|Title:||Personalised medicine: a critique on the future of health care|
|Citation:||Savard, J. (2013). Personalised medicine: a critique on the future of health care. Journal of bioethical inquiry 10(2): 197-203. First Online: 21 March 2013, DOI: 10.1007/s11673-013-9429-8; available online at http://link.springer.com/article/10.1007/s11673-013-9429-8"|
|Abstract:||In recent years we have seen the emergence of “personalised medicine.” This development can be seen as the logical product of reductionism in medical science in which disease is increasingly understood in molecular terms. Personalised medicine has flourished as a consequence of the application of neoliberal principles to health care, whereby a commercial and social need for personalised medicine has been created. More specifically, personalised medicine benefits from the ongoing commercialisation of the body and of genetic knowledge, the idea that health is defined by genetics, and the emphasis the state places on individual citizens as being “responsible for” their own health. In this paper I critique the emergence of personalised medicine by examining the ways in which it has already impacted upon health and health care delivery. Keywords Personalised medicine; Health care; Neoliberalism; Ontology; Epistemology; Ethics|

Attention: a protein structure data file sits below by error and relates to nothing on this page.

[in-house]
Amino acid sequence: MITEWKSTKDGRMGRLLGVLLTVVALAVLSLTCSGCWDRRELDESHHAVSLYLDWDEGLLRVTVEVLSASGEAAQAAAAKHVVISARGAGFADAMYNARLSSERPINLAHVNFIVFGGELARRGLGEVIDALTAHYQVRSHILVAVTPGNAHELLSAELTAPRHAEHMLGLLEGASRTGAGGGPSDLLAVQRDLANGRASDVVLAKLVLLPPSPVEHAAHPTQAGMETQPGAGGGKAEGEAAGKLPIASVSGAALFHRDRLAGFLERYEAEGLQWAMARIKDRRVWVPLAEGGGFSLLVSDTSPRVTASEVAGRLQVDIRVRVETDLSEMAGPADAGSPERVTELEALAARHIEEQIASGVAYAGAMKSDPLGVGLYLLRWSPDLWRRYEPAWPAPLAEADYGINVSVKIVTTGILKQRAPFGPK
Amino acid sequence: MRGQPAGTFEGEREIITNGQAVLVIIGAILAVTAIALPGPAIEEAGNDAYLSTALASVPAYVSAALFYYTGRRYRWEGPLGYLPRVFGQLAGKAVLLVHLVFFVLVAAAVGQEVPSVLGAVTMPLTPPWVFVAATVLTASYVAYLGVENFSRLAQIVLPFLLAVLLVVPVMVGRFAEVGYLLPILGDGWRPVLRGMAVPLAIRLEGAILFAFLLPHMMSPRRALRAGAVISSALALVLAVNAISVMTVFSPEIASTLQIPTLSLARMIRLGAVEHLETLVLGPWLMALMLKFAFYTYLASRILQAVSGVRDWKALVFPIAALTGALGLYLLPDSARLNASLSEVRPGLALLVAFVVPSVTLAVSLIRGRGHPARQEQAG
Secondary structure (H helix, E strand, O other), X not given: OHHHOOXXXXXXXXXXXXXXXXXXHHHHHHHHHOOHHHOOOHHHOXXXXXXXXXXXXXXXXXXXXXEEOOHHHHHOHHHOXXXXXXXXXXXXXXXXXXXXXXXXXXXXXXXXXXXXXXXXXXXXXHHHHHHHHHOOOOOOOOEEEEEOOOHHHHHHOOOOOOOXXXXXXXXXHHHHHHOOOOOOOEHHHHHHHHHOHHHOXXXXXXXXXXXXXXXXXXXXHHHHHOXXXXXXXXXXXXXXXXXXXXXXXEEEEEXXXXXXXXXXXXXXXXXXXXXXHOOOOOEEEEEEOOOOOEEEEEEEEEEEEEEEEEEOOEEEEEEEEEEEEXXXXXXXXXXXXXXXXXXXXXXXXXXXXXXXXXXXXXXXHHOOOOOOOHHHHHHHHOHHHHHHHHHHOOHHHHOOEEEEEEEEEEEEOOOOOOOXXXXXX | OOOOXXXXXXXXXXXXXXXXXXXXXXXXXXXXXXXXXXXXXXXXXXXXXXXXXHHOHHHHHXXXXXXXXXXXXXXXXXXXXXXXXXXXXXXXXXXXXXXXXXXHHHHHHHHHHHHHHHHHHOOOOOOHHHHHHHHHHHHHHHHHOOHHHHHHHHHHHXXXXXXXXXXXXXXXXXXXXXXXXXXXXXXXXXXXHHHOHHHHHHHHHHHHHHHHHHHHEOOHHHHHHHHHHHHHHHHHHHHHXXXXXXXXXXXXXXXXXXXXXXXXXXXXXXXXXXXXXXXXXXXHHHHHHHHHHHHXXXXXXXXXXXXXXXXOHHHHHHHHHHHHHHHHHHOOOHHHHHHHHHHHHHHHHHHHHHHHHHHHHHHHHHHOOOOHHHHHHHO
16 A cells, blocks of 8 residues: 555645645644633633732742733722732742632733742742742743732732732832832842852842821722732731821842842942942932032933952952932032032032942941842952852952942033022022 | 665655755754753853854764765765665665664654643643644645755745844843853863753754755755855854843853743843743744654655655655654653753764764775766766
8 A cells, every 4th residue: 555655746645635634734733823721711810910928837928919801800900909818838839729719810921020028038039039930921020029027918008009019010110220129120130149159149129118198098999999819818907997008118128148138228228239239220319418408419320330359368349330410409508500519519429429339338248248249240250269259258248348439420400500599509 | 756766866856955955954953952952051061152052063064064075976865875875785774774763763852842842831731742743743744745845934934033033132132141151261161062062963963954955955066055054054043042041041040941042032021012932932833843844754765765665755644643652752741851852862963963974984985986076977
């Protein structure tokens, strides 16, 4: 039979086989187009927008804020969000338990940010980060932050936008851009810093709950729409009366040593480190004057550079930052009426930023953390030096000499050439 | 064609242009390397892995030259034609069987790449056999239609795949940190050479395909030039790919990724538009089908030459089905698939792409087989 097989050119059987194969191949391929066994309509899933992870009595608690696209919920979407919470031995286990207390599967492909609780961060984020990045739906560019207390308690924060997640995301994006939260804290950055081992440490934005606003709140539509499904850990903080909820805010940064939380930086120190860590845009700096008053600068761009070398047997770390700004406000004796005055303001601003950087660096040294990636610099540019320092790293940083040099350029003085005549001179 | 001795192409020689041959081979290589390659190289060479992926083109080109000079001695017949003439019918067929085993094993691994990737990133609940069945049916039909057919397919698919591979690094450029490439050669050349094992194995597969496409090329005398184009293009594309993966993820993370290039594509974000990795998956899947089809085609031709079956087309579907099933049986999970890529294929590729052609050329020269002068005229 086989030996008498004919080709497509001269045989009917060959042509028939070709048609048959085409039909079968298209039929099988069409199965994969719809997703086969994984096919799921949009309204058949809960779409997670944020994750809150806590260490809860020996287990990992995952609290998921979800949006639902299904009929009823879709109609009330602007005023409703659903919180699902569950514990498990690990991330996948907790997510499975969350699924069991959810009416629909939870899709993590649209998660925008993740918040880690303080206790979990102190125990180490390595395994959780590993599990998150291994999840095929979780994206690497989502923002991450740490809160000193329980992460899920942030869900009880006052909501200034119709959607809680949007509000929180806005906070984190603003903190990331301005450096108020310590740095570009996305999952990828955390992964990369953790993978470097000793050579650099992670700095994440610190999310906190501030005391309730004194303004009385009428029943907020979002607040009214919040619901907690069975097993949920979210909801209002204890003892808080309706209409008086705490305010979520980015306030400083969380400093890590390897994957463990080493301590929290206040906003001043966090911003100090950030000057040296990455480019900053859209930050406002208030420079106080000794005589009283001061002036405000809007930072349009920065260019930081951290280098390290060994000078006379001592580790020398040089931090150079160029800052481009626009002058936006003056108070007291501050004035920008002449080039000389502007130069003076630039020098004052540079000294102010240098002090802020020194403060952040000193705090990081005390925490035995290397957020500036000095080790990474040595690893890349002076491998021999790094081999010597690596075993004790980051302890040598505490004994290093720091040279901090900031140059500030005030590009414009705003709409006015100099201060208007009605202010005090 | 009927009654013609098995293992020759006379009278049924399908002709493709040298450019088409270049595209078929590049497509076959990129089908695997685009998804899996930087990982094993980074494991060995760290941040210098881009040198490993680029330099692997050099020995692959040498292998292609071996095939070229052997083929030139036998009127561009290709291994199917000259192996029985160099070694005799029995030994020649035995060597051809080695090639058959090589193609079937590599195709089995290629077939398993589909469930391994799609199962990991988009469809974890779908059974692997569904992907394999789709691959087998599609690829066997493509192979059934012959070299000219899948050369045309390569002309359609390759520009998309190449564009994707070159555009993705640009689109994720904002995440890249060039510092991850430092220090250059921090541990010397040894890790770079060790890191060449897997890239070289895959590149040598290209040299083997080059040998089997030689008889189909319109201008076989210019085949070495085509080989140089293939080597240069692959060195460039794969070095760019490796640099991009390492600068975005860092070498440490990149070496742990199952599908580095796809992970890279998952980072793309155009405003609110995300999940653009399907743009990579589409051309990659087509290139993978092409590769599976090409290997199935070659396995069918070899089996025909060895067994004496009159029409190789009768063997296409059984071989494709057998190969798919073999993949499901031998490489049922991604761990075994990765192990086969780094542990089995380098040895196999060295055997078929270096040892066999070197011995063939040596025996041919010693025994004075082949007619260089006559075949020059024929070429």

|Type of Work:||Article|
|Type of Publication:||Post print|
|Appears in Collections:||Research Papers and Publications. Sydney Health Ethics|
|personalised-medicine-PP-2013.pdf||338.69 kB||Adobe PDF|
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